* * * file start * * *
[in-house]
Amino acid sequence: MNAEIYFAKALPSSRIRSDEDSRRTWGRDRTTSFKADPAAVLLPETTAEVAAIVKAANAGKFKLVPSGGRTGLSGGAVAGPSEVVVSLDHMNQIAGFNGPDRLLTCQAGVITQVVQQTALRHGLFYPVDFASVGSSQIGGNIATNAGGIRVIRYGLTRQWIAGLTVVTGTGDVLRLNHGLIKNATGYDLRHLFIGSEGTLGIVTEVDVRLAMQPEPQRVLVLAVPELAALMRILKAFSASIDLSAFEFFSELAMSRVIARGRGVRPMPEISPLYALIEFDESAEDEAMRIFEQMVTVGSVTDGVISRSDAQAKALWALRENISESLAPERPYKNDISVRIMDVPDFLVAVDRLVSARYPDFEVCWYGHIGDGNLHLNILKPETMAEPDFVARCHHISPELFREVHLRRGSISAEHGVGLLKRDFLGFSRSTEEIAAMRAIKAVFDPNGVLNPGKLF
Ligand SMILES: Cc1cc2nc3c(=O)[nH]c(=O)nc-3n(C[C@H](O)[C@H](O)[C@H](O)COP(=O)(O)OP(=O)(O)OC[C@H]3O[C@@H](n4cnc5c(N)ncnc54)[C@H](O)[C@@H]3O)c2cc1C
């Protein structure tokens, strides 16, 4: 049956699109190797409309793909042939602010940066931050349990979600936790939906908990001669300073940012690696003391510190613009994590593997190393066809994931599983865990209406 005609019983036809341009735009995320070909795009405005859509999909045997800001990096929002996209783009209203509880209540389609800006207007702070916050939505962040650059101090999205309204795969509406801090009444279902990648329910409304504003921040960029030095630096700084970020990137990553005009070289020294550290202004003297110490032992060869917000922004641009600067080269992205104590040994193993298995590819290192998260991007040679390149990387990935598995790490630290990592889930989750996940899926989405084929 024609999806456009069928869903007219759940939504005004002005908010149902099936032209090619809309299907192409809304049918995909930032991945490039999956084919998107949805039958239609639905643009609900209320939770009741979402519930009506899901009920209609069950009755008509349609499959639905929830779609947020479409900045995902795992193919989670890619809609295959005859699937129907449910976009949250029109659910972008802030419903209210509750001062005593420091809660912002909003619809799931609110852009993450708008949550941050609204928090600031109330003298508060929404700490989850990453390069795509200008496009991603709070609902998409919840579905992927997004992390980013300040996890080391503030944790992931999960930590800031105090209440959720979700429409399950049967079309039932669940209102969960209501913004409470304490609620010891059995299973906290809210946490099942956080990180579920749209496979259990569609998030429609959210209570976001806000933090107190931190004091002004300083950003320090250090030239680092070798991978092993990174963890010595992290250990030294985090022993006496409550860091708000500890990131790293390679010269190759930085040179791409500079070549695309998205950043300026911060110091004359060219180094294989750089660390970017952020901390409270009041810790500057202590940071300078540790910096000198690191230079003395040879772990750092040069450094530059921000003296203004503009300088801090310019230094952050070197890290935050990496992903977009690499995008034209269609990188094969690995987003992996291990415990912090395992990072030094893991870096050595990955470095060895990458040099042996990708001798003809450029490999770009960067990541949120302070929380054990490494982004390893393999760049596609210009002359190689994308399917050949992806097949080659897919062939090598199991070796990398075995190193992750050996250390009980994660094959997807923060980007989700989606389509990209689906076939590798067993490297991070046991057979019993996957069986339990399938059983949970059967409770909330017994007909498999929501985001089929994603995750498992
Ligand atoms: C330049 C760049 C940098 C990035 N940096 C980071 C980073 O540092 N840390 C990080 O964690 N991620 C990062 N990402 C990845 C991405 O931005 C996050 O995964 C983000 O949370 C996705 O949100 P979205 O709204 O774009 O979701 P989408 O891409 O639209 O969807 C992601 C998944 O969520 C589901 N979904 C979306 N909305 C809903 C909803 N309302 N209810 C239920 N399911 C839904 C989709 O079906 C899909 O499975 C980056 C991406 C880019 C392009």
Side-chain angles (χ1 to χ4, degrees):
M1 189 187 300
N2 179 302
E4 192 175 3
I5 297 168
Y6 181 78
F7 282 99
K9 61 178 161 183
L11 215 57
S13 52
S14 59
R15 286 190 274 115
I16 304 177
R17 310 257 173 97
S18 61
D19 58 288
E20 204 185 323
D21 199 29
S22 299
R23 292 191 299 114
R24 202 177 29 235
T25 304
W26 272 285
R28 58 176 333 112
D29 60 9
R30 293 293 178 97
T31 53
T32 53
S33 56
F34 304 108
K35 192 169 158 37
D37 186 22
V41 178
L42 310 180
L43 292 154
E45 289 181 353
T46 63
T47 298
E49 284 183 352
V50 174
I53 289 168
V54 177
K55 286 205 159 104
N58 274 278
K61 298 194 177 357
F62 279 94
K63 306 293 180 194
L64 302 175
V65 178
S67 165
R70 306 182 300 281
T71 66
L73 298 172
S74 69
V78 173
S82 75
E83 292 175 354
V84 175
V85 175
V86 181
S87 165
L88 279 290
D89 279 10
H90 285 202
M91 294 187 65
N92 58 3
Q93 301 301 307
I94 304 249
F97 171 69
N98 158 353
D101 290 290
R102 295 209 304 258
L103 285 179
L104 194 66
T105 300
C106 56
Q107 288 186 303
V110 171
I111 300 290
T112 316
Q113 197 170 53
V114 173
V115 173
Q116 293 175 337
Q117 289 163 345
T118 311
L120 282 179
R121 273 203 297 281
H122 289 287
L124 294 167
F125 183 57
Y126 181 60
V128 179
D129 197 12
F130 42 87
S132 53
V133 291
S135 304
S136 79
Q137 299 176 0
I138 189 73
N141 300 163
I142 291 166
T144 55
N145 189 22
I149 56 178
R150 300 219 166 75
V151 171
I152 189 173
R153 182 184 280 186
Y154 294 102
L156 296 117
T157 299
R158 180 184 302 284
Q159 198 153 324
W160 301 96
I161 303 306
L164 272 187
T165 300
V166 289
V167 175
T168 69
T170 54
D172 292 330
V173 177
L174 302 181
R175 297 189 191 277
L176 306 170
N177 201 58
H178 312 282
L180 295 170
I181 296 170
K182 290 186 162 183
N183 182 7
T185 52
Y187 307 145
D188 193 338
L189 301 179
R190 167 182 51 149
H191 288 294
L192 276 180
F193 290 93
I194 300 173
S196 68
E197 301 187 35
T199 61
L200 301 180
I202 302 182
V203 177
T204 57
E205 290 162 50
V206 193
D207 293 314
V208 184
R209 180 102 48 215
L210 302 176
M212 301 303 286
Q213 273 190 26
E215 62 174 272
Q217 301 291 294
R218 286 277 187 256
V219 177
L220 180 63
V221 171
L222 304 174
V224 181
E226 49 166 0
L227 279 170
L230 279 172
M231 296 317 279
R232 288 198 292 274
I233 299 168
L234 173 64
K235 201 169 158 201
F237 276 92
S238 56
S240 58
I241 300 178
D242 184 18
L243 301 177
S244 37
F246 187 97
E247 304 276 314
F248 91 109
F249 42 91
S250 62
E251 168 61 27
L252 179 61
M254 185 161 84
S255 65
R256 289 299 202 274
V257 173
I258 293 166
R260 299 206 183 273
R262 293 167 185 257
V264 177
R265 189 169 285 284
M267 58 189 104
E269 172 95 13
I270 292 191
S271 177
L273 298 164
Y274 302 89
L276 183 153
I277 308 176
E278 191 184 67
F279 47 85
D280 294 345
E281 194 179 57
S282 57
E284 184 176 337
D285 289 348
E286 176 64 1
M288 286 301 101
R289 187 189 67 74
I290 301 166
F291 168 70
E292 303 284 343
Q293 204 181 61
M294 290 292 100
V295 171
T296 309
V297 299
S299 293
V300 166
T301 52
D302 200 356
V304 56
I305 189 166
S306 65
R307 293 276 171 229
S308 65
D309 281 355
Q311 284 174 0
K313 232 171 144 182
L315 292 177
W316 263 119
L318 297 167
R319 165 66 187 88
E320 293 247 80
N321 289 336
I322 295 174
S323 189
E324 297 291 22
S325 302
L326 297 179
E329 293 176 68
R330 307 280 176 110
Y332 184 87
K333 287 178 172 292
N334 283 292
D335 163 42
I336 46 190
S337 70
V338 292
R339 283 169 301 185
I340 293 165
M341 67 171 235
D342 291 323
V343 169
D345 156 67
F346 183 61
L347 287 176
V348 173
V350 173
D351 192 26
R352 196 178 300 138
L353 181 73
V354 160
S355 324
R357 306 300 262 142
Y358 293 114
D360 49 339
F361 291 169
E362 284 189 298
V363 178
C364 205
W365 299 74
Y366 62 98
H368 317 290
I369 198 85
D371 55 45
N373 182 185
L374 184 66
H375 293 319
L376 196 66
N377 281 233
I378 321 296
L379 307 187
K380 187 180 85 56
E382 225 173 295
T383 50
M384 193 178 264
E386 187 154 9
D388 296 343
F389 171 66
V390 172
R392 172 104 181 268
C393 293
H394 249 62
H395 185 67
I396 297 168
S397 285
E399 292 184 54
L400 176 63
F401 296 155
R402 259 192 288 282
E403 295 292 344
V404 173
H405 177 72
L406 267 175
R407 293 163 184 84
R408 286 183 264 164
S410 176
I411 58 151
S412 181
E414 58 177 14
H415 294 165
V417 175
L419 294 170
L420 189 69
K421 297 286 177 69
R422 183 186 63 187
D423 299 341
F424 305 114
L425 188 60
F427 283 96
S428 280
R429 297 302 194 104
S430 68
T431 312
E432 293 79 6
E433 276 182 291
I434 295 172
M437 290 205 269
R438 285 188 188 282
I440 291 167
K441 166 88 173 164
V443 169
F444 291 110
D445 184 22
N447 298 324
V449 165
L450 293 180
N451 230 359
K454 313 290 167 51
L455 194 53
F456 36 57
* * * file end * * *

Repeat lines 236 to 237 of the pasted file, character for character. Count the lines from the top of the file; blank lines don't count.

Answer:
R307 293 276 171 229
S308 65